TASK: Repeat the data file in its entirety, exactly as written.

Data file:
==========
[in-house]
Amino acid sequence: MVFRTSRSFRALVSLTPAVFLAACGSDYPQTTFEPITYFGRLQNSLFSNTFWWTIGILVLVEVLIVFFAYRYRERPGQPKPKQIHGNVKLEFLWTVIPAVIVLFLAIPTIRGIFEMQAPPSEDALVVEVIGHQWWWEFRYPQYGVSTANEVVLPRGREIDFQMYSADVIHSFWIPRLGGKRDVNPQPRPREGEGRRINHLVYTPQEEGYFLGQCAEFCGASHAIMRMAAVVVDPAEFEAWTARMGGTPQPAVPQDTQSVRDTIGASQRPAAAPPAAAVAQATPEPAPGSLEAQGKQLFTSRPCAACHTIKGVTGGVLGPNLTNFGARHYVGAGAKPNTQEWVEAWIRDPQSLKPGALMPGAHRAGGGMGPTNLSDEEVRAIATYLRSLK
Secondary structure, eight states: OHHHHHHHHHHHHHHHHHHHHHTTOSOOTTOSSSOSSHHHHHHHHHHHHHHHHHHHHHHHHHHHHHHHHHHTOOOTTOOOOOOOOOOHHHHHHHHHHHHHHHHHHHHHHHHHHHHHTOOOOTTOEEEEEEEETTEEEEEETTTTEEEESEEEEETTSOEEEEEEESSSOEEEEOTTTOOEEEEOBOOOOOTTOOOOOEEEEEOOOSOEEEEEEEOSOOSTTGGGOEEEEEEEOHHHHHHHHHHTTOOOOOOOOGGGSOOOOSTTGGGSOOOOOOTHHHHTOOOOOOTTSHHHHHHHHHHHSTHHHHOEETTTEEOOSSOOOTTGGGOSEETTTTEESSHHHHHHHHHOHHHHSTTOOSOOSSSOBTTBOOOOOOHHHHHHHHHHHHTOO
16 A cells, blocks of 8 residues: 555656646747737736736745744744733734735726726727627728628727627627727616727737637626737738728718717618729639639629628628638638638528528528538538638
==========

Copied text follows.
[in-house]
Amino acid sequence: MVFRTSRSFRALVSLTPAVFLAACGSDYPQTTFEPITYFGRLQNSLFSNTFWWTIGILVLVEVLIVFFAYRYRERPGQPKPKQIHGNVKLEFLWTVIPAVIVLFLAIPTIRGIFEMQAPPSEDALVVEVIGHQWWWEFRYPQYGVSTANEVVLPRGREIDFQMYSADVIHSFWIPRLGGKRDVNPQPRPREGEGRRINHLVYTPQEEGYFLGQCAEFCGASHAIMRMAAVVVDPAEFEAWTARMGGTPQPAVPQDTQSVRDTIGASQRPAAAPPAAAVAQATPEPAPGSLEAQGKQLFTSRPCAACHTIKGVTGGVLGPNLTNFGARHYVGAGAKPNTQEWVEAWIRDPQSLKPGALMPGAHRAGGGMGPTNLSDEEVRAIATYLRSLK
Secondary structure, eight states: OHHHHHHHHHHHHHHHHHHHHHTTOSOOTTOSSSOSSHHHHHHHHHHHHHHHHHHHHHHHHHHHHHHHHHHTOOOTTOOOOOOOOOOHHHHHHHHHHHHHHHHHHHHHHHHHHHHHTOOOOTTOEEEEEEEETTEEEEEETTTTEEEESEEEEETTSOEEEEEEESSSOEEEEOTTTOOEEEEOBOOOOOTTOOOOOEEEEEOOOSOEEEEEEEOSOOSTTGGGOEEEEEEEOHHHHHHHHHHTTOOOOOOOOGGGSOOOOSTTGGGSOOOOOOTHHHHTOOOOOOTTSHHHHHHHHHHHSTHHHHOEETTTEEOOSSOOOTTGGGOSEETTTTEESSHHHHHHHHHOHHHHSTTOOSOOSSSOBTTBOOOOOOHHHHHHHHHHHHTOO
16 A cells, blocks of 8 residues: 555656646747737736736745744744733734735726726727627728628727627627727616727737637626737738728718717618729639639629628628638638638528528528538538638